Many firms are wrestling particularly with the risk based approach to AML/CFT, and what implications it has for compliance activities they need to undertake. Whilst law firms are experienced in handling complex and nuanced matters that can be subject to interpretation, some seem to struggle with a level of assumed complexity and the various moving parts of an AML/CFT risk based approach.
There is also confusion in some quarters about the various elements of ML/TF risk and how they interact with each other and what that means for the AML/CFT programme.
Identifying and putting in place a clear structure of methodology to assess ML/TF risk and apply the results as part of the AML/CFT Programme is vital as it is the foundation of a firm’s AML/CFT compliance efforts.
One of the other challenges appears to be when and how to conduct customer (client) due diligence. Most law firms undertake a degree of client due diligence already, however what they should collect and when they should collect to be compliant with AML/CFT obligations are key considerations that many law firms are grappling with.
There is a clear understanding amongst law firms of the need to undertake customer due diligence before offering a service covered by the AML/CFT Act, but there is a degree of debate about at what point in the client engagement process the service is being offered – is it when first meeting the client to receive instructions or when substantive work is being undertaken?
It is important that firms work through this carefully, including deciding whether or not to undertake the same level of due diligence for all clients even if they are not currently using one of the services covered by the AML/CFT Act. Poorly thought out outcomes could create exposure under the AML/CFT Act and/or contribute to a poor client experience.
Another challenge being focused on is when and how to do enhanced customer due diligence. There appears to be real concern amongst law firms about how far they need to go to identify and verify the source of wealth and funds, and the impact of collecting and verifying the information required in the client engagement process, and ultimately the relationship with the client.
There also appears to be confusion regarding what being only part of a financial transactions value chain means for the collection and verification of source of wealth and source of income information.
Firms are also struggling to understand what ongoing customer due diligence means in the context of the transactional type relationship that law firms have with most of their clients.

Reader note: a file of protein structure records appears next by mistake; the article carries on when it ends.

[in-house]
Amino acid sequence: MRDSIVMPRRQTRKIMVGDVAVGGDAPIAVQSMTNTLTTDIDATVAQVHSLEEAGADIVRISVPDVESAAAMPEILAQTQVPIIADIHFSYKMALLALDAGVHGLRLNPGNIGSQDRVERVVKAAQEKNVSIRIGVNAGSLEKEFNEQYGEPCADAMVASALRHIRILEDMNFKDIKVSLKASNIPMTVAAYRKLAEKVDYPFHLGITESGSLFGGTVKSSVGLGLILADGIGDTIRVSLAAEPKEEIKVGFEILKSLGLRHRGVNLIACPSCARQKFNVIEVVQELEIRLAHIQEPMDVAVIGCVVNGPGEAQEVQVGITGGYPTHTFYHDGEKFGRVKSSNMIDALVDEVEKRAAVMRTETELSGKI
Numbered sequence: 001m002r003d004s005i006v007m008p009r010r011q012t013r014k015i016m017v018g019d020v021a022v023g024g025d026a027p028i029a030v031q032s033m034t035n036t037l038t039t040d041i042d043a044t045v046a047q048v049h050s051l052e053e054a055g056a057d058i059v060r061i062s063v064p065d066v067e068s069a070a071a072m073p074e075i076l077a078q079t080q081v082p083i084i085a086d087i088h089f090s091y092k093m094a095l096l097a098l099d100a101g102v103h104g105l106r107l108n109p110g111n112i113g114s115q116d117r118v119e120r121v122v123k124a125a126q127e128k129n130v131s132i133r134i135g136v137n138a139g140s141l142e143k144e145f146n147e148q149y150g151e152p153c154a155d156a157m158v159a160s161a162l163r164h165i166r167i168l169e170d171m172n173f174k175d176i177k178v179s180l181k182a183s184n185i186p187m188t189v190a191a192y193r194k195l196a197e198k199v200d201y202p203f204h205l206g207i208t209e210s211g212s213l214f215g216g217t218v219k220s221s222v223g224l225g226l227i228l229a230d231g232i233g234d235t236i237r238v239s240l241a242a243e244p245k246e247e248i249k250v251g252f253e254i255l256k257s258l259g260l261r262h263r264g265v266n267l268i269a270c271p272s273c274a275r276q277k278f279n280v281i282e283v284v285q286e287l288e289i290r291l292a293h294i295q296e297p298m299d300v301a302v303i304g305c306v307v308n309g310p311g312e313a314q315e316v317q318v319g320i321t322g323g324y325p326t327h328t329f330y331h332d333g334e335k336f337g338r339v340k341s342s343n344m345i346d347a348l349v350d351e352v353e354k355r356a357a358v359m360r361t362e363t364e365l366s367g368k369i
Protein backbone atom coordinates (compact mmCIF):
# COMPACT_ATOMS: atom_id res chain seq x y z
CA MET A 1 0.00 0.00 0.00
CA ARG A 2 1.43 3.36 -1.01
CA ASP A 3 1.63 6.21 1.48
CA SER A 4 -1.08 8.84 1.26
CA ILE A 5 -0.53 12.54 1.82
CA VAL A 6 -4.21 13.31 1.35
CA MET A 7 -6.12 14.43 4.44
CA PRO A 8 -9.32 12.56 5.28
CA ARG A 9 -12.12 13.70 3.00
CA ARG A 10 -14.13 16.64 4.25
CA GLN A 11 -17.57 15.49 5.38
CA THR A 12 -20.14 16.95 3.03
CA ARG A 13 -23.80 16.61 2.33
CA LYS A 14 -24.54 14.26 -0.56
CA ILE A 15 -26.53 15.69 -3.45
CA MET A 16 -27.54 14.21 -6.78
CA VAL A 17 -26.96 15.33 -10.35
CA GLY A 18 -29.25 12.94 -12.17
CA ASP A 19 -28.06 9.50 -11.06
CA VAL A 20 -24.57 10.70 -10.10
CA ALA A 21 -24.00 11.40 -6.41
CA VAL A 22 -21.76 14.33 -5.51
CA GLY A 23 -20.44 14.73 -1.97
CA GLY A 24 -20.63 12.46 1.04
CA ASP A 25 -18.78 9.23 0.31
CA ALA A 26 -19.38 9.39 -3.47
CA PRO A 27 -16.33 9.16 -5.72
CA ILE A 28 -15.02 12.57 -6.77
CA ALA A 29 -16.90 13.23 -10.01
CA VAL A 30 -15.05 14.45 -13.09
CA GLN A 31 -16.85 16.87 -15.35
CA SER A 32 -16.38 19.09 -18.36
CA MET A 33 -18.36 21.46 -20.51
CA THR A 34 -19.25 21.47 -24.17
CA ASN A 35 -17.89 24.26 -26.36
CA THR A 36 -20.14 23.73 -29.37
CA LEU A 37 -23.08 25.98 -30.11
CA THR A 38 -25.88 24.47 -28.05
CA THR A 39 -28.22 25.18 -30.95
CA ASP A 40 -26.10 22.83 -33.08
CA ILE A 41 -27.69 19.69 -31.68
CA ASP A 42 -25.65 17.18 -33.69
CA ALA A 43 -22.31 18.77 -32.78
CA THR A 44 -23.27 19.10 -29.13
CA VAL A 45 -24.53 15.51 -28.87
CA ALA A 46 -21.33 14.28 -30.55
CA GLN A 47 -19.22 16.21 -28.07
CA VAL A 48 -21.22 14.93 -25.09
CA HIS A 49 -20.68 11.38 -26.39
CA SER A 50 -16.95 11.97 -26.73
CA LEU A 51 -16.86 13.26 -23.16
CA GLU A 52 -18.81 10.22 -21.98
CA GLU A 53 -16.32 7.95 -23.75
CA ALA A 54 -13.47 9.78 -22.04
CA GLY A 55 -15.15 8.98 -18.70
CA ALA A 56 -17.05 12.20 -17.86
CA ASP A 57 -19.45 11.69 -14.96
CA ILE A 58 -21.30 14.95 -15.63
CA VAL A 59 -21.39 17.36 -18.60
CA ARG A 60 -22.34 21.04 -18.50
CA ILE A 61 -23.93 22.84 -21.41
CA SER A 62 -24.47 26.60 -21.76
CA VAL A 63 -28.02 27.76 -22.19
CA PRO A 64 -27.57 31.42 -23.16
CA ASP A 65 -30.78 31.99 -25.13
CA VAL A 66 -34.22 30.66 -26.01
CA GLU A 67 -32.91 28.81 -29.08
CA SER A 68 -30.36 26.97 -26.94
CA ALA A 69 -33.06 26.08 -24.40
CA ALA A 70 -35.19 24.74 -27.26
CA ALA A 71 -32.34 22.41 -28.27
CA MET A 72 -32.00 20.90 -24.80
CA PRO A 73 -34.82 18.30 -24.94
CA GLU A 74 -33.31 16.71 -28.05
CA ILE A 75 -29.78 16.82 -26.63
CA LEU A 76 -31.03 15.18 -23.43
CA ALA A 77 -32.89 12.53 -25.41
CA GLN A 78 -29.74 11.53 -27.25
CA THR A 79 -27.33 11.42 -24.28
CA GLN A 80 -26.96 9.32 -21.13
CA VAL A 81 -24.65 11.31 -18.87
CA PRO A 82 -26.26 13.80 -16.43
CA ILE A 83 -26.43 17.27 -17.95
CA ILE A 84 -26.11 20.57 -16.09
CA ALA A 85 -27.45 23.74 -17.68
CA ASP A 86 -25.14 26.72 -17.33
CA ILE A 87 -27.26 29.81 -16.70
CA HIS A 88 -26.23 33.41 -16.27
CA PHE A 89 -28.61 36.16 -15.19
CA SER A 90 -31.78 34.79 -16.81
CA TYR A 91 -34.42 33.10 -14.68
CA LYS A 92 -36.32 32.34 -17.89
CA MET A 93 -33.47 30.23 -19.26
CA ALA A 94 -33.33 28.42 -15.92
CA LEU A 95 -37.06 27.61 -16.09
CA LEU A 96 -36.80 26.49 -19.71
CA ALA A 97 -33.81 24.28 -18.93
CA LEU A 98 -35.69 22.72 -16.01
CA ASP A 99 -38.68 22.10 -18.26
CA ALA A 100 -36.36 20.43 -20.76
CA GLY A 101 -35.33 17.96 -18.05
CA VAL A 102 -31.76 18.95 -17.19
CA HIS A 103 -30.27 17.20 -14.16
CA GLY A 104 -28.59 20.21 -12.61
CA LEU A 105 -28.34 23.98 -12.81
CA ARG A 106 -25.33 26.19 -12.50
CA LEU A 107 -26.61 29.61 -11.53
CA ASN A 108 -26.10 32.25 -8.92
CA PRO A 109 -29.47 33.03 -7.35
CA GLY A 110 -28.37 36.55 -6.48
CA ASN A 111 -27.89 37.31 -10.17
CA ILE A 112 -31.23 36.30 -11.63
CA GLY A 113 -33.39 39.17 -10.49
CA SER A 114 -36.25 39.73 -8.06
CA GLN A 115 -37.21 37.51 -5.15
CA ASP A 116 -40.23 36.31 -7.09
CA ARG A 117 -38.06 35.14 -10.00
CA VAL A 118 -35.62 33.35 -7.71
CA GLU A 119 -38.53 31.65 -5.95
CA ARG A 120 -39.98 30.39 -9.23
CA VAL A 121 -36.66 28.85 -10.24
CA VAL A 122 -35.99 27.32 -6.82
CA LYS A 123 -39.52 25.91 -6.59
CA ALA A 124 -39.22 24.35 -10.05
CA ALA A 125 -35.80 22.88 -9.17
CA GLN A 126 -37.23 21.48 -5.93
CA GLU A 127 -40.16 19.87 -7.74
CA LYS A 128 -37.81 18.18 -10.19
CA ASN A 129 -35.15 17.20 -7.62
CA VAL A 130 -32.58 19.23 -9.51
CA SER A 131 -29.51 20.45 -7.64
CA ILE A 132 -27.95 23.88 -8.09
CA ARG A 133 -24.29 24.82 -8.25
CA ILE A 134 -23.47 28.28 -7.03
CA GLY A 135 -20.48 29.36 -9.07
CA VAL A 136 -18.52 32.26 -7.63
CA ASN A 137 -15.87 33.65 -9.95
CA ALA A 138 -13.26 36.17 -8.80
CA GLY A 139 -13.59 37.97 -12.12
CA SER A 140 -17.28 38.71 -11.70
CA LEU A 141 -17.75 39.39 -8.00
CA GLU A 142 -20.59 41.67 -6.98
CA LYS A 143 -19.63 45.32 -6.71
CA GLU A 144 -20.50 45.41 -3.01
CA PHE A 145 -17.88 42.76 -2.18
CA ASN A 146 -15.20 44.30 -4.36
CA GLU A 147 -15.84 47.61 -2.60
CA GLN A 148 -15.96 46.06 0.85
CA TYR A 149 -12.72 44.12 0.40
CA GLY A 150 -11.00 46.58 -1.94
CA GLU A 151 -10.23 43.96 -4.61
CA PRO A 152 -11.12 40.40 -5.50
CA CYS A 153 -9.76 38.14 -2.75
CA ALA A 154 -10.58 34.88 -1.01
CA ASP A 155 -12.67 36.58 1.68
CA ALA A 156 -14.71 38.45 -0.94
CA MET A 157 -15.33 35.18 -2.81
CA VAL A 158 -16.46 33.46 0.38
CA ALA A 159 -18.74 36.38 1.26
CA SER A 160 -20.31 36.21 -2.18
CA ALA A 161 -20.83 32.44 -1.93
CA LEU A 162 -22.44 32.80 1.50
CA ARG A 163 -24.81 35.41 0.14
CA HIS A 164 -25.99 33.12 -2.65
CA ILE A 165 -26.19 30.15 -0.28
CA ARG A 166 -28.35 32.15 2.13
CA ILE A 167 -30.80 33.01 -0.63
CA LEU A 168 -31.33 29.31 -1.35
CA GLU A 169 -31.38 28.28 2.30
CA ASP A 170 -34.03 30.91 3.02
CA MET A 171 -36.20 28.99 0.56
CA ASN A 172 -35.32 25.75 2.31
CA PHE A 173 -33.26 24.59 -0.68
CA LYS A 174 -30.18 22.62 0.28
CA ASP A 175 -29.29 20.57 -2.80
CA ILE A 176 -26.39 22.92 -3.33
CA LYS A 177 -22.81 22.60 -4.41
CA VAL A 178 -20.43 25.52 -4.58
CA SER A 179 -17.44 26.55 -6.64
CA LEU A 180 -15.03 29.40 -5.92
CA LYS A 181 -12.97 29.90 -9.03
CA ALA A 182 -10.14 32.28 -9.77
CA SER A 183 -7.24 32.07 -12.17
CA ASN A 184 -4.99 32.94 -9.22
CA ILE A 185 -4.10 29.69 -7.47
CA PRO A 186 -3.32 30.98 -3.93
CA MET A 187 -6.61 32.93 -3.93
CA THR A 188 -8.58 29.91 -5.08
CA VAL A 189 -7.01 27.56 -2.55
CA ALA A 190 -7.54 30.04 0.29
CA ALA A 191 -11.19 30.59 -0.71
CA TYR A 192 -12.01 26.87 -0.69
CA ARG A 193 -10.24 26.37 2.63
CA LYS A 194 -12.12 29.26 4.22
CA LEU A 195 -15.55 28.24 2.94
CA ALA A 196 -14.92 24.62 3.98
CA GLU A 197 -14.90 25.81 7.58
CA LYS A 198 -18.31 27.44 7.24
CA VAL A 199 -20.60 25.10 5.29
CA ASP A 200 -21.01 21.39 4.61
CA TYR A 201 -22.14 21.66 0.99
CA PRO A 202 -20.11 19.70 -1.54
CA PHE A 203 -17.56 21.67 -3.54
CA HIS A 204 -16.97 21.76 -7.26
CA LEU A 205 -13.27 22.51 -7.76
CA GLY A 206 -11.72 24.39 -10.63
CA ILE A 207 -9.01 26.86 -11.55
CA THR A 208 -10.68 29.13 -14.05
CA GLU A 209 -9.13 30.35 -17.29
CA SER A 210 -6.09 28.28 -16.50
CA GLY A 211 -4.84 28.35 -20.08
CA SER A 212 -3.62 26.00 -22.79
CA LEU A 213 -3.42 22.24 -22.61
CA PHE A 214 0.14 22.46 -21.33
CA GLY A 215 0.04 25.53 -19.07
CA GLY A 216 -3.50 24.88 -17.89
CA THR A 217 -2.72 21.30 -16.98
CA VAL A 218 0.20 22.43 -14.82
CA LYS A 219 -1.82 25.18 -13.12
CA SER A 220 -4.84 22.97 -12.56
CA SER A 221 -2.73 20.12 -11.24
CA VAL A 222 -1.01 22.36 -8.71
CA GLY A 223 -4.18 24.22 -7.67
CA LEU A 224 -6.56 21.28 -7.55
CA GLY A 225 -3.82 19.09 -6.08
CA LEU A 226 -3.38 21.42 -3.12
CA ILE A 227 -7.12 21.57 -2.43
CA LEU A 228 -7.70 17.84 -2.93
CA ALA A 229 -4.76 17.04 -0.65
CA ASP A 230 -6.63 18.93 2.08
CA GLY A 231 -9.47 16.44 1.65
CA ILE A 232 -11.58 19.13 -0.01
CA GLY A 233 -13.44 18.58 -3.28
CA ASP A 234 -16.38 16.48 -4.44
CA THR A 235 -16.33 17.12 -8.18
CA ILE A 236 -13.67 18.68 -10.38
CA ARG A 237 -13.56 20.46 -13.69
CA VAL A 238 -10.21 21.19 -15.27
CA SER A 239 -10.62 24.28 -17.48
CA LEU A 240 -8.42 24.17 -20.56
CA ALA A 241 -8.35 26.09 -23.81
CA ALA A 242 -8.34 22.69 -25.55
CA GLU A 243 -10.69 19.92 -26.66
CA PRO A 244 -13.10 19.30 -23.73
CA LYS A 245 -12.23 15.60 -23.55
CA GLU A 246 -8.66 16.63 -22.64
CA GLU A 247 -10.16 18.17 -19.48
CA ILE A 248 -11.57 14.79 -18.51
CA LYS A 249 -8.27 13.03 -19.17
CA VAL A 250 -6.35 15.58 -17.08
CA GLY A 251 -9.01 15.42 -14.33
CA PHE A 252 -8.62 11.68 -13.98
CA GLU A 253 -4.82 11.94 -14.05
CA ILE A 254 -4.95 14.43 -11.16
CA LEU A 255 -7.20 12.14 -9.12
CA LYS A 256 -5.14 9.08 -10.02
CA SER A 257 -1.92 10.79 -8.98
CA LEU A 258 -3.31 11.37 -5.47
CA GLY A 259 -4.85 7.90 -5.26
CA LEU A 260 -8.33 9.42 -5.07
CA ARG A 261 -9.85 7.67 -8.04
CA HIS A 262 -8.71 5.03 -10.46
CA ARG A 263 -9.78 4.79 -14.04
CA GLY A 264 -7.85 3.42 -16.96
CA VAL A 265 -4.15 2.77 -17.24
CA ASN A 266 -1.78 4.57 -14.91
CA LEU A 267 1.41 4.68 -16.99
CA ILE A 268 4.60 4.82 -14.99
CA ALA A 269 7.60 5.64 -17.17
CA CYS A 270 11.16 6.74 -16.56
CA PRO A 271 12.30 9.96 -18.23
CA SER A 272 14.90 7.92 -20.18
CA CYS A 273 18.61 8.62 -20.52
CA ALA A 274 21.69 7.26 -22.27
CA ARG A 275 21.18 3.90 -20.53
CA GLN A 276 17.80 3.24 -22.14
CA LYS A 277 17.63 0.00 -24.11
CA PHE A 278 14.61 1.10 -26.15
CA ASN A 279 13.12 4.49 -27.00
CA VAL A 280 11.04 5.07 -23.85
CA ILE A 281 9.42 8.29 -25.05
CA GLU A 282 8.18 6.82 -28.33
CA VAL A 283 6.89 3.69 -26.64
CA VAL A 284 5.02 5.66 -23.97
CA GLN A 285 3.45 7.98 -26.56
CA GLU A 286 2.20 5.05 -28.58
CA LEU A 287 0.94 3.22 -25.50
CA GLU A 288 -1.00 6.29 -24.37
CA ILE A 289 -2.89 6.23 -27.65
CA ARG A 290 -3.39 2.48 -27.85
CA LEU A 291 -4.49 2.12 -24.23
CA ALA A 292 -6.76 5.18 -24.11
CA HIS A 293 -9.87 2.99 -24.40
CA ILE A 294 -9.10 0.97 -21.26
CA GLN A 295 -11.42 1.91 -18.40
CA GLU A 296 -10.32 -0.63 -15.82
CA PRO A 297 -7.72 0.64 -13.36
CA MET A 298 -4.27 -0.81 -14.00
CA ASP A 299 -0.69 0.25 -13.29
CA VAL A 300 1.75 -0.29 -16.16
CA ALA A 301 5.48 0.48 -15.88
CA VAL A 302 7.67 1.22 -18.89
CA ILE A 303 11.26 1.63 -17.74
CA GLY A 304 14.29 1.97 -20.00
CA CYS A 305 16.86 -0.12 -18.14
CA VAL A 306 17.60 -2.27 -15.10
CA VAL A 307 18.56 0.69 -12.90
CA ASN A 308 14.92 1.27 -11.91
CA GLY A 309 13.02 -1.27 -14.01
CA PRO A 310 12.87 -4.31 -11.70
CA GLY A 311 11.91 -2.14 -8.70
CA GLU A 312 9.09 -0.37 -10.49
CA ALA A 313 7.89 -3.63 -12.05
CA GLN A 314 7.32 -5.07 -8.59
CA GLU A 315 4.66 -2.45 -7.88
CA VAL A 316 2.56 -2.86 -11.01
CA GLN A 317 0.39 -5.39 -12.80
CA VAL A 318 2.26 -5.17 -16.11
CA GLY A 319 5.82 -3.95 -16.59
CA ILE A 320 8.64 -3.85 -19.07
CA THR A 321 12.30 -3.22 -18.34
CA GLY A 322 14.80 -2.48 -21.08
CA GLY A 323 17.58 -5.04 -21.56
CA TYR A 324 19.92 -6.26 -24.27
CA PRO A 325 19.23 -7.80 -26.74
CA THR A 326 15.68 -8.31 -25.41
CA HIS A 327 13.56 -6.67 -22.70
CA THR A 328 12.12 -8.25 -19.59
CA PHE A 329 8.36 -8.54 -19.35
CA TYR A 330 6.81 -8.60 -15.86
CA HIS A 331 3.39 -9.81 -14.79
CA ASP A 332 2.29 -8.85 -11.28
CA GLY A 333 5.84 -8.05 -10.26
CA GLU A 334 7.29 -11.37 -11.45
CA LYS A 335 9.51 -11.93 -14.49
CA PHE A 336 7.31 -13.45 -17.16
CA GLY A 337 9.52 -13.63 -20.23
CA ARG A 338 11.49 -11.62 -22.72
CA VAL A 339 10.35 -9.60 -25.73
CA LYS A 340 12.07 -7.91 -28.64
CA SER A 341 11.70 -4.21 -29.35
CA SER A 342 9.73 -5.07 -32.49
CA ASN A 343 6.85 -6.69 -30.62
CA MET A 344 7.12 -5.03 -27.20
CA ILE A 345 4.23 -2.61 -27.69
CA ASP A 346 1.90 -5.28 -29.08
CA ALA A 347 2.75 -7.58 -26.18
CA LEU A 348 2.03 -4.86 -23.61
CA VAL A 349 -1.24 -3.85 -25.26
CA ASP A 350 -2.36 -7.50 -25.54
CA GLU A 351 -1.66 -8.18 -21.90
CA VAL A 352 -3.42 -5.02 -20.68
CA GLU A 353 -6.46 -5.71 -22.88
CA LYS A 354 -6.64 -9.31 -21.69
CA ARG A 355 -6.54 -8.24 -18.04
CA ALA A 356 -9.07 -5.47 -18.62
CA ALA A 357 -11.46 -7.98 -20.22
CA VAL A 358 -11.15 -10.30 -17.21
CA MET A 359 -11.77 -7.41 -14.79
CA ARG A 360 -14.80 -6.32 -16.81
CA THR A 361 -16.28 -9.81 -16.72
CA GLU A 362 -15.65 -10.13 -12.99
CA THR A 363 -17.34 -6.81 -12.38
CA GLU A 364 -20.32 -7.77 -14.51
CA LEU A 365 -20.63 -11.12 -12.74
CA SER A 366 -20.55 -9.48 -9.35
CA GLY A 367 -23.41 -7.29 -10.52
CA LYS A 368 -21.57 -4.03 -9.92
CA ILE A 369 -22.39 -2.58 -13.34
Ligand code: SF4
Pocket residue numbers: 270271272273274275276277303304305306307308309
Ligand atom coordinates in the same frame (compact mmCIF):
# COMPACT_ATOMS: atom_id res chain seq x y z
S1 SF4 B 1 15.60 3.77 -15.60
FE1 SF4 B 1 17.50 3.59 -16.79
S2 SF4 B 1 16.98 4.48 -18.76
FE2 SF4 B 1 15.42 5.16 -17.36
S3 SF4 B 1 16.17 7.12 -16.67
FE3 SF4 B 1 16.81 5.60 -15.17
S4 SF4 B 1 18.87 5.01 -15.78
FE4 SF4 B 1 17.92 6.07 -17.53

The relationship law firms have with most of their clients is very different from the account type relationship financial institutions have with their customers. Law firms need to work through when and how to undertake ongoing due diligence, and clearly understand when a client stops being a client and what to do should the client re-engage the firm.
As a result of this very different client/customer engagement model, monitoring of clients behaviour and activity for unusual activity which might be suspicious is also very different in the context of legal services compared to financial institutions.
Law firms therefore also need to spend time coming to grips with how to monitor client activity and what is monitored, which may be very different to the approaches used by financial institutions and therefore may require adaption and refinement to align with a law firm’s business.
The final issue law firms are struggling with is reporting suspicious activity and getting to grips with the nuances of unusual activity versus suspicious activity and how to handle the unusual activity within their firm, and what steps are needed to investigate the unusual to determine if it is suspicious.
Based on our experience of supporting the delivery of AML/CFT compliance to many non-financial and financial businesses globally, including New Zealand, the current level of preparedness of New Zealand law firms means that many firms, if they do not start soon, will really struggle to achieve AML/CFT compliance before the 1st July deadline.
None of the law firms we spoke to expressed a desire to breach the law or not adequately address their obligations under the Act. However, with the current limited understanding of where to even begin to convert the requirements of the Act into business aligned practices, and the restricted capacity of AML/CFT practitioners to support law firms at volume before the 1st July deadline, a real possibility exists of significant levels of non-compliance across the legal practitioner sector.
This should be of significant concern to the law firms, but also to the DIA who are tasked with the supervision of the legal sector’s compliance with the AML/CFT Act.